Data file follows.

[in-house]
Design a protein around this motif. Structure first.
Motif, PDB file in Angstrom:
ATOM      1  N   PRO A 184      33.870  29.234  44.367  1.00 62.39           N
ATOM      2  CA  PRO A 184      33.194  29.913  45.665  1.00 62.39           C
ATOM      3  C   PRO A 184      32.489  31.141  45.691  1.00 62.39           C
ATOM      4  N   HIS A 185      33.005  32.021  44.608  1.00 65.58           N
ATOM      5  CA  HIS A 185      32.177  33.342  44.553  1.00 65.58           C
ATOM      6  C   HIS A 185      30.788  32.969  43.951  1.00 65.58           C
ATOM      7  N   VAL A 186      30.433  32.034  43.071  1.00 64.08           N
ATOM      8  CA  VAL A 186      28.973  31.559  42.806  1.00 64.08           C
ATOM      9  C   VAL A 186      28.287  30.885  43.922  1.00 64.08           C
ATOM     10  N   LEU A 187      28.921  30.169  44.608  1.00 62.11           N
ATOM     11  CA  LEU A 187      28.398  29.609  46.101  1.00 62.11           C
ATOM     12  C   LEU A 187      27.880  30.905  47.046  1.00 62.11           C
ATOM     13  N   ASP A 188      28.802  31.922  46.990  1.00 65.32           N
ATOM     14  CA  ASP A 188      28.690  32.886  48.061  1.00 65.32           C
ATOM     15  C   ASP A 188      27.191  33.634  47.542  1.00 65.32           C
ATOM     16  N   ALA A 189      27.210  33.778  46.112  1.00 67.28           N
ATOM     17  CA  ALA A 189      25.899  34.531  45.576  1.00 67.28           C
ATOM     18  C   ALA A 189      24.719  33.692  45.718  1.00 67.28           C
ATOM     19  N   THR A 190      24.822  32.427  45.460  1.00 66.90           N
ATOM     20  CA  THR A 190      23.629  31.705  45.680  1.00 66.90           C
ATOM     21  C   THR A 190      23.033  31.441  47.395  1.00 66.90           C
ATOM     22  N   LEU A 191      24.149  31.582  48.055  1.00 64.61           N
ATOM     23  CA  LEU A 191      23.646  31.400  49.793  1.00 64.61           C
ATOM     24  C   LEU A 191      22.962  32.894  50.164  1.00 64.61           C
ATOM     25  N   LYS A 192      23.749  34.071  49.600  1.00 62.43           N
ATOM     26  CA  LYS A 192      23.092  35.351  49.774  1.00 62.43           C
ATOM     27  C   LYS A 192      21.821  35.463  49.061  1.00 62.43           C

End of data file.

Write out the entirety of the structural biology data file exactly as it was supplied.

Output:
[in-house]
Design a protein around this motif. Structure first.
Motif, PDB file in Angstrom:
ATOM      1  N   PRO A 184      33.870  29.234  44.367  1.00 62.39           N
ATOM      2  CA  PRO A 184      33.194  29.913  45.665  1.00 62.39           C
ATOM      3  C   PRO A 184      32.489  31.141  45.691  1.00 62.39           C
ATOM      4  N   HIS A 185      33.005  32.021  44.608  1.00 65.58           N
ATOM      5  CA  HIS A 185      32.177  33.342  44.553  1.00 65.58           C
ATOM      6  C   HIS A 185      30.788  32.969  43.951  1.00 65.58           C
ATOM      7  N   VAL A 186      30.433  32.034  43.071  1.00 64.08           N
ATOM      8  CA  VAL A 186      28.973  31.559  42.806  1.00 64.08           C
ATOM      9  C   VAL A 186      28.287  30.885  43.922  1.00 64.08           C
ATOM     10  N   LEU A 187      28.921  30.169  44.608  1.00 62.11           N
ATOM     11  CA  LEU A 187      28.398  29.609  46.101  1.00 62.11           C
ATOM     12  C   LEU A 187      27.880  30.905  47.046  1.00 62.11           C
ATOM     13  N   ASP A 188      28.802  31.922  46.990  1.00 65.32           N
ATOM     14  CA  ASP A 188      28.690  32.886  48.061  1.00 65.32           C
ATOM     15  C   ASP A 188      27.191  33.634  47.542  1.00 65.32           C
ATOM     16  N   ALA A 189      27.210  33.778  46.112  1.00 67.28           N
ATOM     17  CA  ALA A 189      25.899  34.531  45.576  1.00 67.28           C
ATOM     18  C   ALA A 189      24.719  33.692  45.718  1.00 67.28           C
ATOM     19  N   THR A 190      24.822  32.427  45.460  1.00 66.90           N
ATOM     20  CA  THR A 190      23.629  31.705  45.680  1.00 66.90           C
ATOM     21  C   THR A 190      23.033  31.441  47.395  1.00 66.90           C
ATOM     22  N   LEU A 191      24.149  31.582  48.055  1.00 64.61           N
ATOM     23  CA  LEU A 191      23.646  31.400  49.793  1.00 64.61           C
ATOM     24  C   LEU A 191      22.962  32.894  50.164  1.00 64.61           C
ATOM     25  N   LYS A 192      23.749  34.071  49.600  1.00 62.43           N
ATOM     26  CA  LYS A 192      23.092  35.351  49.774  1.00 62.43           C
ATOM     27  C   LYS A 192      21.821  35.463  49.061  1.00 62.43           C